Electronic Thesis and Dissertation Repository

Degree

Master of Arts

Program

Education

Supervisor

Rachel Heydon

2nd Supervisor

Zheng Zhang

Joint Supervisor

Abstract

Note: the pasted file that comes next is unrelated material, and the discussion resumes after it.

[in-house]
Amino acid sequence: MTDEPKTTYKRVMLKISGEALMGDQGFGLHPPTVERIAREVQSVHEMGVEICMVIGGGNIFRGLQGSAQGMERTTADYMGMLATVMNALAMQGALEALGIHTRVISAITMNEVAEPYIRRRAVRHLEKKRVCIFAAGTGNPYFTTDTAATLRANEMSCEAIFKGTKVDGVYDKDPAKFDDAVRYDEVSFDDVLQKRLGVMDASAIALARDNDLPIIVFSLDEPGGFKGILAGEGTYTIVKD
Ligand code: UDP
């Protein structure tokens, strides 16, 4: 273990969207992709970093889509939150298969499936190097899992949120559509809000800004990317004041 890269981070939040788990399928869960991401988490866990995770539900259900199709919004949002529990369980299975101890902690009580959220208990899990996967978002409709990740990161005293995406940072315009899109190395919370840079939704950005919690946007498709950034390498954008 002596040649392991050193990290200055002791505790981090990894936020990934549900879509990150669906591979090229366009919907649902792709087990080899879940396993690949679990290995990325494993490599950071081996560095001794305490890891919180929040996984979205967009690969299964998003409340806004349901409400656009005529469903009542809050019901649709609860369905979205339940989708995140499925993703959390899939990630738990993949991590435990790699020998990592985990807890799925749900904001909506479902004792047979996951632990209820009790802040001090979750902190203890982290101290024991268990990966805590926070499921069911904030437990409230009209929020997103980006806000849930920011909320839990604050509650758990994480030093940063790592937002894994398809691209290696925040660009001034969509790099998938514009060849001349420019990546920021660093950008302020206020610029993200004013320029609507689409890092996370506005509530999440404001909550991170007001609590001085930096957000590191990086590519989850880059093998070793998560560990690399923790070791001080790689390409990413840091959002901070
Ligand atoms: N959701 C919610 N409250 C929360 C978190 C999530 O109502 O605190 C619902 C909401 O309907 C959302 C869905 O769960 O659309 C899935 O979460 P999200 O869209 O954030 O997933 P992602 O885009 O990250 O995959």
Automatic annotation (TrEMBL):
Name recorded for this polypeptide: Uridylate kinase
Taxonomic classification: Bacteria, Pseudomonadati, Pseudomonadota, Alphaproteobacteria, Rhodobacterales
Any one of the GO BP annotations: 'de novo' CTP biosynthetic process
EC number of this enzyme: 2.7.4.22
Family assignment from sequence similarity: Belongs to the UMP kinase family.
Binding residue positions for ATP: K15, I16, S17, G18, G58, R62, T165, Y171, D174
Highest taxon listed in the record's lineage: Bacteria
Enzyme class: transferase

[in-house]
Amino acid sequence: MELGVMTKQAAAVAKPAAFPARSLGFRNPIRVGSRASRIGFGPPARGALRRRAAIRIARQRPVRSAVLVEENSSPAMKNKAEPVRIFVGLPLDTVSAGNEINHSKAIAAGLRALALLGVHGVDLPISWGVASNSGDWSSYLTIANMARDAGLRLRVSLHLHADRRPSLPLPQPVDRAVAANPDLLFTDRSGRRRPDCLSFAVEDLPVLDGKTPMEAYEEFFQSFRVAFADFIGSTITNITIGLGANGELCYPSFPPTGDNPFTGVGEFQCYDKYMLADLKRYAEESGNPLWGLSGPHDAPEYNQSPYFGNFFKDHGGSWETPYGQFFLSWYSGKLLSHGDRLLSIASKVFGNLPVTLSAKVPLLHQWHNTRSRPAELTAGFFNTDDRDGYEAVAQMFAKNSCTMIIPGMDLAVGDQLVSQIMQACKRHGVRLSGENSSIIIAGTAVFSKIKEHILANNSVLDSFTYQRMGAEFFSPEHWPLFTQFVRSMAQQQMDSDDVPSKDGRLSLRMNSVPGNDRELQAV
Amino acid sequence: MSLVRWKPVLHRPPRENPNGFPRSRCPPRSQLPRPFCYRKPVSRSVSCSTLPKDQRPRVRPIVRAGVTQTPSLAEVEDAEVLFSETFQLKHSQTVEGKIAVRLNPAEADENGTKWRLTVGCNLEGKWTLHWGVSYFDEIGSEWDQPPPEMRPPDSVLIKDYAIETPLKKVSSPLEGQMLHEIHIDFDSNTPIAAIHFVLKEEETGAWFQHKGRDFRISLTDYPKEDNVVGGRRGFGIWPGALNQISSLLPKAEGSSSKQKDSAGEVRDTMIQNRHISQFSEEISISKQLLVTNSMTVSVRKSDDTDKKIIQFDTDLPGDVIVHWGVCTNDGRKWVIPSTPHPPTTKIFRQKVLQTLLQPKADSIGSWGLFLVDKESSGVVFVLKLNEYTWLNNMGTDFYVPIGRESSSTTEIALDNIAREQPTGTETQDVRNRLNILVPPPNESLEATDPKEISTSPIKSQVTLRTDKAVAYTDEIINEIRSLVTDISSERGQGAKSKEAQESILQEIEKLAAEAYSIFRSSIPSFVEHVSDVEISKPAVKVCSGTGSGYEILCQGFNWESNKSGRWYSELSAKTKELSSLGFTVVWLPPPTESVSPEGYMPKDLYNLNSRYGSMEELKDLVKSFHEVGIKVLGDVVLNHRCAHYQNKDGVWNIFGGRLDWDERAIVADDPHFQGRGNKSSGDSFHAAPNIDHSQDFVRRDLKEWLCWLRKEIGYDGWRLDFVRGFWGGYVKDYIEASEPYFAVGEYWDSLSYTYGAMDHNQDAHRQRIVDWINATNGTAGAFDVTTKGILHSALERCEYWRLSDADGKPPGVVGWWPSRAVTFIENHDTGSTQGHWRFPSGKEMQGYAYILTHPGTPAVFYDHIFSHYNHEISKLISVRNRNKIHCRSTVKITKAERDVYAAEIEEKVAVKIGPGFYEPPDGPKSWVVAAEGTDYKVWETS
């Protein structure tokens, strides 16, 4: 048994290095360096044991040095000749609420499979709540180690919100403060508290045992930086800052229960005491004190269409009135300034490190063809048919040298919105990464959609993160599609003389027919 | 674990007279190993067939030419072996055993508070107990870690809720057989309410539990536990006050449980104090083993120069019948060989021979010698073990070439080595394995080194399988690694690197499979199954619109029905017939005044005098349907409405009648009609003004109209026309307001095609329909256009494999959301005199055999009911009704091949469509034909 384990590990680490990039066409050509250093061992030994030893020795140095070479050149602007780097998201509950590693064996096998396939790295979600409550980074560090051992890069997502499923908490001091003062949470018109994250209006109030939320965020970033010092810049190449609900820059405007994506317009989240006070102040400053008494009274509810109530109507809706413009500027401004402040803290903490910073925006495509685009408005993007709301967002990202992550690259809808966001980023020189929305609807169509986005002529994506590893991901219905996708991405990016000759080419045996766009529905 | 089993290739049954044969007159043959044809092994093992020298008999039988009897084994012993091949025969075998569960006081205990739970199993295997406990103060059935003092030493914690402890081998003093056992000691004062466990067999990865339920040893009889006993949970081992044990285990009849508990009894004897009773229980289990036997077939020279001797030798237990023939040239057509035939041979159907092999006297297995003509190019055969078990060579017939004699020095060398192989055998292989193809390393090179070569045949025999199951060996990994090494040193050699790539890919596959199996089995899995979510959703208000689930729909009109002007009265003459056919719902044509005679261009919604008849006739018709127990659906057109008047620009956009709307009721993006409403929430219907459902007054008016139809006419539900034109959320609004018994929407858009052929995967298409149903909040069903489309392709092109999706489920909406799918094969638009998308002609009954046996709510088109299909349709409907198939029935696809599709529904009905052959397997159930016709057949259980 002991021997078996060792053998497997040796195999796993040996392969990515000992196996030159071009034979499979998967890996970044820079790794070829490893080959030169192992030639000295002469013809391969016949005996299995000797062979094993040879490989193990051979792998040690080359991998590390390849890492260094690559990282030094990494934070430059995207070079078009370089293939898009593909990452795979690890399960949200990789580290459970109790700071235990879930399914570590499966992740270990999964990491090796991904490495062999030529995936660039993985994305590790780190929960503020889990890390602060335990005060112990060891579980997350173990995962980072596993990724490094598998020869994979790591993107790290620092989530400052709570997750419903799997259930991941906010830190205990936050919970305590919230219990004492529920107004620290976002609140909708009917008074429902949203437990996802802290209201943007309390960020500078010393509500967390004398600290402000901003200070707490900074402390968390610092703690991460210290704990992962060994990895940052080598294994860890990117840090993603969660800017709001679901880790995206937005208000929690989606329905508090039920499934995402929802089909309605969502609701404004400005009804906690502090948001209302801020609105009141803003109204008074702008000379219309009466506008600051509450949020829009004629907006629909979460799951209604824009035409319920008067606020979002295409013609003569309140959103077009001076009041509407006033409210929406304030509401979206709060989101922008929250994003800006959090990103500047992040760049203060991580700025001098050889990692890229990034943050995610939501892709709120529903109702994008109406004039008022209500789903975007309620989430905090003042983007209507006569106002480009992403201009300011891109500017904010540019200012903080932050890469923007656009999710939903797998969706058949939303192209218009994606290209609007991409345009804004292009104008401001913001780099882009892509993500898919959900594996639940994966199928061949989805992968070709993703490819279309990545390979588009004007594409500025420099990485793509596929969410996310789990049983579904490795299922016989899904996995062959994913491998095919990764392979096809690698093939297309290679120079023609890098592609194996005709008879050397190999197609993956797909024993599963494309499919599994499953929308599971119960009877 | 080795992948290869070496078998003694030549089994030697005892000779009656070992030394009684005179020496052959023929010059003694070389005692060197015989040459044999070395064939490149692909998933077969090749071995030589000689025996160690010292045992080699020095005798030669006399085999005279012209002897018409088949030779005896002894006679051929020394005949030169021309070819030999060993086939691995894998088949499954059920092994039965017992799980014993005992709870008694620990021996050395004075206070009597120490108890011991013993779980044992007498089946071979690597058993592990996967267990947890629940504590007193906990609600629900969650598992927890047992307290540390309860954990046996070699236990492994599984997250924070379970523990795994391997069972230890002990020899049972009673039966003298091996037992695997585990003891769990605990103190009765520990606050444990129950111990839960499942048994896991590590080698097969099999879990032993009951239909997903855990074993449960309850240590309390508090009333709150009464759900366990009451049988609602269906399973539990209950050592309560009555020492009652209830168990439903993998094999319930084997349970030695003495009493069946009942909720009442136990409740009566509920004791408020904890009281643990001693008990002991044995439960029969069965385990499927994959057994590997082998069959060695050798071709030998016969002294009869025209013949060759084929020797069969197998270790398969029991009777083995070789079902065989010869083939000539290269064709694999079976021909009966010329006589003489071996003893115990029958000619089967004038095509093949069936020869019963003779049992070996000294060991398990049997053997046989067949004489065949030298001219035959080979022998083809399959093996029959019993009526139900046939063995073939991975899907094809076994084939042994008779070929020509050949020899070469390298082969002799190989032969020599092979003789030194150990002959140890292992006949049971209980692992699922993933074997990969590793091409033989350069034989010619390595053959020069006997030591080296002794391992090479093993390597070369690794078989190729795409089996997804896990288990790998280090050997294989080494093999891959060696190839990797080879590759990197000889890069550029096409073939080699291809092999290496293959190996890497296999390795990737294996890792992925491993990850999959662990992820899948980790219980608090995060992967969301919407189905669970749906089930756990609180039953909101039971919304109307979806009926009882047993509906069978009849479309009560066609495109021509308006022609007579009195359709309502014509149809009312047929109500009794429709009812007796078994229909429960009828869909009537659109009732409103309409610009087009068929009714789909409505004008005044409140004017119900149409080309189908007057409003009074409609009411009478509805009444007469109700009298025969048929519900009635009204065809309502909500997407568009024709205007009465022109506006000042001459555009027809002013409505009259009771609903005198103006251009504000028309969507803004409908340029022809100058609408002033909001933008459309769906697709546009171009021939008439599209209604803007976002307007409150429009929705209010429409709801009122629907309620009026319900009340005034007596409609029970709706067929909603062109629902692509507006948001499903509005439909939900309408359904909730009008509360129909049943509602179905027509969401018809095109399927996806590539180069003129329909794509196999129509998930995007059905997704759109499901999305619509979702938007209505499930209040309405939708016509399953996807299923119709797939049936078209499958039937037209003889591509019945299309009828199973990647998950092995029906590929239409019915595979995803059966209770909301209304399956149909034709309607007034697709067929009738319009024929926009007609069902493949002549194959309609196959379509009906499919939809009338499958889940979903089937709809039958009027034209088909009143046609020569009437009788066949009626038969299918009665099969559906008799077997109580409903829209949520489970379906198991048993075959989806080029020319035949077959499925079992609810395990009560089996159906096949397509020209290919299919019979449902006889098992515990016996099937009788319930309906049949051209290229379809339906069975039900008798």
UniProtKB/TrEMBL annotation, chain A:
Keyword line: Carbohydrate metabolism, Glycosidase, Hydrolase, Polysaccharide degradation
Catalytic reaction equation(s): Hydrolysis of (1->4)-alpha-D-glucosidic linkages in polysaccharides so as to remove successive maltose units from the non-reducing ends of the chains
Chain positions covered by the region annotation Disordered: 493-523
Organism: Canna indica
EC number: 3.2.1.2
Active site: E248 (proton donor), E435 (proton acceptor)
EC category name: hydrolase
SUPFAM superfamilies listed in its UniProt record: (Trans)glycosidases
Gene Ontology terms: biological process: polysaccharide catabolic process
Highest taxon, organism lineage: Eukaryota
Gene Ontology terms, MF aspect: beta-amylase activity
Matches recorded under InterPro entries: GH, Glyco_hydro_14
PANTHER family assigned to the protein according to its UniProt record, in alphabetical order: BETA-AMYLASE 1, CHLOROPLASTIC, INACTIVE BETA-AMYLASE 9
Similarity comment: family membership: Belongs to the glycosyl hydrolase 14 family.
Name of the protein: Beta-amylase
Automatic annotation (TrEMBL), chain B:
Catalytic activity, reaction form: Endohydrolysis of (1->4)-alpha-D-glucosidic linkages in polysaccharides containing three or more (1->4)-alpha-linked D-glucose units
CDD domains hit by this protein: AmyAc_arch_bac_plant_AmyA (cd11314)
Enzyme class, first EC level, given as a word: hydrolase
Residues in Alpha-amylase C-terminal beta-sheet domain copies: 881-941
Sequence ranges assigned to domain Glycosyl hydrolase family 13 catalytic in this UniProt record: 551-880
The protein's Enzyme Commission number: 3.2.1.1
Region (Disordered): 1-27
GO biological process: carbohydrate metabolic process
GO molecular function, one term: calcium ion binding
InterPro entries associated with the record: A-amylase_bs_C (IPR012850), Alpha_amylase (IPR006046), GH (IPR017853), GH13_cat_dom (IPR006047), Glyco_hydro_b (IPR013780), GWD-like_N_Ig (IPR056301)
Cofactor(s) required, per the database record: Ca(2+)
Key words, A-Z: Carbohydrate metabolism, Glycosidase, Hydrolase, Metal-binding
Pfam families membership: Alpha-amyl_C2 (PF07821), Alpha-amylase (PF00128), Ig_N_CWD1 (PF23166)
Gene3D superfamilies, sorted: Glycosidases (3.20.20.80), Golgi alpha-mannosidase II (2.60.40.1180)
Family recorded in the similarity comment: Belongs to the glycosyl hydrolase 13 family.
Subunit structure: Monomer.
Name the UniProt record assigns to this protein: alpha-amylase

This case study was embedded in a SSHRC project called: Learning together: A multiple case study of intergenerational multimodal curricula, led by Dr. Rachel Heydon. The study specifically focused on resources employed by young children in their processes of meaning making within intergenerational art classes. Research questions concerned: 1) what resources were available for young children’s meaning making within the intergenerational art classes? 2) what resources were chosen and used by young children in their processes of meaning making and how? and 3) how did different resources interact with each other in multimodal ensembles? The theoretical tool of the study was the theory of multiliteracies. Sources of data were derived from the original SSHRC project, including audio and video transcripts, interview transcripts, field notes, photos, and participants’ digital portfolios. Methods of data analysis included micro-analysis approach (Kress, 2009) and constant comparison method (CCM) (Cohen, Manion, & Morrison, 2011; Glaser & Strauss, 1967). Findings of this study indicated that except for semiotic resources, human-based resources, contextual resources and young children’s funds of knowledge and funds of identity were employed for young children’s meaning making. Young children chose different types of resources according to their interests and perceived representational appropriateness. Findings also relate that in the multimodal ensembles, different types of resources were orchestrated for meaning making. The resources co-presented and enhanced each other’s expressiveness. Multiple types of resource expanded opportunities for young children’s literacy practices and identity formation. The study enriches the existent understanding of resources for young children’s literacy learning and offers recommendations about resources for young children’s literacy learning in the 21st century.


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